Child marriage, like other social issues, affects many young girls and is a global issue that today, continues to be a challenge for many parents and many women.
According to UNICEF data on child marriage, one in four women aged 20-24 worldwide, were child brides. In developing countries, one in every three girls is married before reaching the age 18 and one in nine is married under the age 15.
Papua New Guinea, amongst other developing nations, is also challenged by this problem, although it is against the law.
This has seen girls under the ages of 18, some as young as 12, get engaged into marriage.
Contributing reasons that see under aged children forced into marriage include family’s honour, arranged and forced marriage plans and social and customary norms.
Apart from this, other likely reasons may include women who have lost their parents and are under the care of guardians, and those who are exposed to other forms of sexual violence at an early age.
While these may be just a few reasons as to why many young Papua New Guinean girls under the age of 18 get into marriage, there are still many other reasons that also get girls into this problem.
Concerned individuals and NGOs in the country have been vocal in advocating about the issue however the challenge of monitoring the issue still remains.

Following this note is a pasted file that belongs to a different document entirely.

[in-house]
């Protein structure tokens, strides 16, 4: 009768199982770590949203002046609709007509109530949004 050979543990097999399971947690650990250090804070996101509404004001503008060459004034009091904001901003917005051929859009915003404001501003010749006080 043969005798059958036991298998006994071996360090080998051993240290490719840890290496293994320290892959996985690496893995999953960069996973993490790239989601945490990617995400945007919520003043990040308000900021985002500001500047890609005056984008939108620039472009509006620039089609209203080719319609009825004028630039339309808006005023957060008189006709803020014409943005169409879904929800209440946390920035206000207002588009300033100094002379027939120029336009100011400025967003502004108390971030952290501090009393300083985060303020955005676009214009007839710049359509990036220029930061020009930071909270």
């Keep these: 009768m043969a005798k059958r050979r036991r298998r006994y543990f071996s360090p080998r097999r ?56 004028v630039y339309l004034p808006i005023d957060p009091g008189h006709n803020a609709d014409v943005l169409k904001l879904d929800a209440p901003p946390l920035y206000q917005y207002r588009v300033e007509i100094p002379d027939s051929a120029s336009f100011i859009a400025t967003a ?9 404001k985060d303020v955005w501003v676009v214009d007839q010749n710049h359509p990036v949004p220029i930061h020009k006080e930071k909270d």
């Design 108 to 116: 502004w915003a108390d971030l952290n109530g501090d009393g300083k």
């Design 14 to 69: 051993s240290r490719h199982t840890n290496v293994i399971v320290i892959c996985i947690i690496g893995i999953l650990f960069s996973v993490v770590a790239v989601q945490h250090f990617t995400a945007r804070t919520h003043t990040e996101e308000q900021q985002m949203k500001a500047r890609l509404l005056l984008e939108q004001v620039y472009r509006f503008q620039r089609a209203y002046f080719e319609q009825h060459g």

Although many view it as a normal exercise, they do not understand the health and social challenges the victims will go through in their future. This includes complications at birth, domestic violence, the difficulties of raising children and even some who end up losing their lives if not properly looked after.
Constraints as to why this becomes a challenge include the vast scattered communities in and around the country, access challenges and most importantly illiteracy as most women under the age of 18 in Papua New Guinea are not educated.
The same challenge is witnessed across many nations and UNICEF, plus other organisations, are working side-by-side advocating on the issue globally to help victims and end child marriage.